The Letterpress The Tempest

William Shakespeare

Limited to 3,750 hand-numbered copies

The most powerful sorcery is Shakespeare’s language. Complex, personal and unsurpassably lyrical: rediscover one of Shakespeare’s most finely nuanced plays.

Add To Wish List

You taught me language, and my profit on’t
Is, I know how to curse. The red plague rid you
For learning me your language!

  1. Act 1, Sc. 2

In the First Folio of Shakespeare, The Tempest was placed first – an unmistakable sign of the importance attached to it by its editors. For generations of Shakespeare scholars this play was the epitome of Shakespeare’s work. The play is concerned with tragic as well as comic themes, making it a play that defies easy categorisation. This lends it a fascination which has compelled the attention of critics and audiences alike ever since it was first performed.

Production Details

Letterpress volume

Limited to 1,000 hand-numbered copies

Hand-bound in goatskin leather, blocked in gold with hand-marbled paper sides

Gilded top edge, ribbon marker

16pt ’Monotype’ Baskerville, with Caslon display

Set in hot metal and printed letterpress on mould-made paper

Oxford University Press text under General Editor Stanley Wells

14˝ x 10¾˝


Commentary volume

This includes the text of the play with full explanatory notes

Bound in buckram

˝ x 5¾˝


Presentation box

Bound in buckram

15˝ x 11˝ x 2¾˝

Shakespeare’s farewell to the stage?

Oh, wonder!
How many goodly creatures are there here!
How beauteous mankind is! O brave new world,
That has such people in ’t!

  1. Act 5 Sc.1

The Tempest was Shakespeare’s last play. After 1611, other than contributing occasionally to Fletcher’s plays for the King’s Men, Shakespeare appears to have retired from the stage. For many readers, it has been tempting to identify Prospero, the ageing magician who resigns his powers, with Shakespeare, the playwright who is also leaving ‘the great globe itself’ and all ‘this unsubstantial pageant’. Prospero is a kind of playwright, putting on a ‘masque’ and manipulating all the characters to play their parts in his dramatic plan.

The moment when Prospero offers to break his staff is one of great ambivalence. Do we rejoice at his return to political power or mourn the loss of his magical powers? Shakespeare too, retiring to the comfortable wealth of his property and business interests in Stratford, might well have missed the applause he alludes to so feelingly in the epilogue: ‘And my ending is despair/ Unless I be relieved by prayer’.

A play whose themes have never dated

Shakespeare’s age was one of exploration. The New World, as described in the books we know Shakespeare read, seemed at once a paradise and a savage wilderness. The inhabitants had equally contradictory reputations. Many commentators have perceived in Miranda and Prospero’s attitude to Caliban a reflection of European views on slavery and colonisation.

Yet Shakespeare gives Caliban some of the most powerful lines in the play – his articulate defence of Prospero is almost heroic, while his speech ‘Be not afeared. The isle is full of noises’ displays a far from ‘monstrous’ lyricism and sensitivity. Usurpation and betrayal run throughout the play: First Antonio takes Prospero’s dukedom, then Prospero rejects Caliban’s claim to the island and lastly Stefano attempts to make himself ‘king o’th’isle’. Shakespeare surely invites us to make comparisons – and judgements – between them.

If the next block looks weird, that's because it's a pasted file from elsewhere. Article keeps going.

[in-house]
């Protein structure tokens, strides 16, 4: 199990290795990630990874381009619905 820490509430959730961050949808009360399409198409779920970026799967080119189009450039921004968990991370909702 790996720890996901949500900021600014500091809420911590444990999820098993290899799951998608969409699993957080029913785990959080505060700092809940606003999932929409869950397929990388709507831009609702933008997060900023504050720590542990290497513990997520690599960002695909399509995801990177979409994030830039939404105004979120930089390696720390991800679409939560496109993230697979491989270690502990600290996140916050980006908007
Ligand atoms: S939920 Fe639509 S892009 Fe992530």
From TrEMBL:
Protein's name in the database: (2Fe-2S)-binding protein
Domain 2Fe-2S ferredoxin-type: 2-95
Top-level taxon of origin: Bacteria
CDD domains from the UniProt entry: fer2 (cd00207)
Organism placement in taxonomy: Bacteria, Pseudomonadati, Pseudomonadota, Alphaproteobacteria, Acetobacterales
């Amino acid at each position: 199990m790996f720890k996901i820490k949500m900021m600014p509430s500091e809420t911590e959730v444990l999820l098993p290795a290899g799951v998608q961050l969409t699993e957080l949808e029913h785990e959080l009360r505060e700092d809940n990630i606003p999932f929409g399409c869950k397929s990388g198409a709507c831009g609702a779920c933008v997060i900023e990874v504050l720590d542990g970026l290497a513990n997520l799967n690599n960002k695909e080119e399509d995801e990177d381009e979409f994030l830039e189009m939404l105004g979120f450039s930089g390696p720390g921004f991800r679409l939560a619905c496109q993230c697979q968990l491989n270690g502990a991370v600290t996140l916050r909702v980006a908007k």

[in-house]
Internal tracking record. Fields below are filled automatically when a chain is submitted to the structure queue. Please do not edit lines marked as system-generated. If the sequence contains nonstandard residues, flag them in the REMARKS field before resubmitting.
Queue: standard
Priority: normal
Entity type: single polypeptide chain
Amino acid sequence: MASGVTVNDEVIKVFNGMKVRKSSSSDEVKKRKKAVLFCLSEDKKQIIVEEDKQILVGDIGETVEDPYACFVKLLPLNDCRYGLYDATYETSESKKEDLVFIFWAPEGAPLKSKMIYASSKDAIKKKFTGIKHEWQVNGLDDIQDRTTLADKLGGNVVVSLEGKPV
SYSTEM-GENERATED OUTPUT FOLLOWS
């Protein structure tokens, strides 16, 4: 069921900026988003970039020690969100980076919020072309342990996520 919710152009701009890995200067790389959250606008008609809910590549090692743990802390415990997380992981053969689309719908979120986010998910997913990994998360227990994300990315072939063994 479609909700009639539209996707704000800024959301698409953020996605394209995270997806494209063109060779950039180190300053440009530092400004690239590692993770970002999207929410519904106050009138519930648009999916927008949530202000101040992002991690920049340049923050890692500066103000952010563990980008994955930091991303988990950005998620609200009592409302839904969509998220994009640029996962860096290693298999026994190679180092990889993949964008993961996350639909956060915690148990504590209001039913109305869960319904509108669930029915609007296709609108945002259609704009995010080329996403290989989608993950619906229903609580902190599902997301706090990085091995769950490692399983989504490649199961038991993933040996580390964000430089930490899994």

Creating The Letterpress Shakespeare

Since the First Folio in 1623 there have been countless editions of Shakespeare’s works. The Folio Society wanted to do something unprecedented: to design an edition so pure, so simple, that the beauty of the text could be fully appreciated - an edition that would be as timeless as the text itself.

What would the ideal version of Shakespeare’s works look like? What would result if simplicity and elegance were the goal rather than the dictates of fashion and cost efficiency?

These were the questions we asked ourselves when we embarked on our Letterpress Shakespeare series in 2006. The project was to occupy some of Europe’s finest book designers, typesetters, paper-makers, printers and bindersfor eight years.

The starting point was the text. Rather than keep text and commentary together, we decided to put them into separate volumes. Out went the elements that clutter the page : footnotes and textual variants. All that was left was Shakespeare’s words.

We decided to have the text printed by letterpress in 16-point Baskerville. The type is set in hot metal and impressed on thick, mouldmade paper. The margins are generous - over 6 centimetres - to allow the words room to breathe.

The result is a simple, understated design that is a delight to read and a pleasure to hold.

Inside the Letterpress Process

Stan Lane, a master Typesetter and Printer, talked to us about the process of printing our Letterpress Shakespeare. Lane has been setting type for The Folio Society for 25 years and is one of the few craftsmen still skilled in the fine art of letterpress printing. Although labour-intensive, letterpress has a depth and elegance that modern printing cannot replicate.

Jemma Lewis talked to us about the process of hand marbling paper for the Letterpress Shakespeare. In this beautiful process droplets of oil are floated on a special solution and combed into patterns so that each sheet of paper bears a unique design.


You May Also Like

  1. Limited Edition
    Fine Press Classics

    Fine Press Classics

    Illustrated by David Jones, Eric Gill and Paul Nash


    Illustrated with wood engravings by Paul Nash, David Jones and Eric Gill. At least 500 sets are available with matching numbers from the limitations of 750 and with an advantageous postage rate.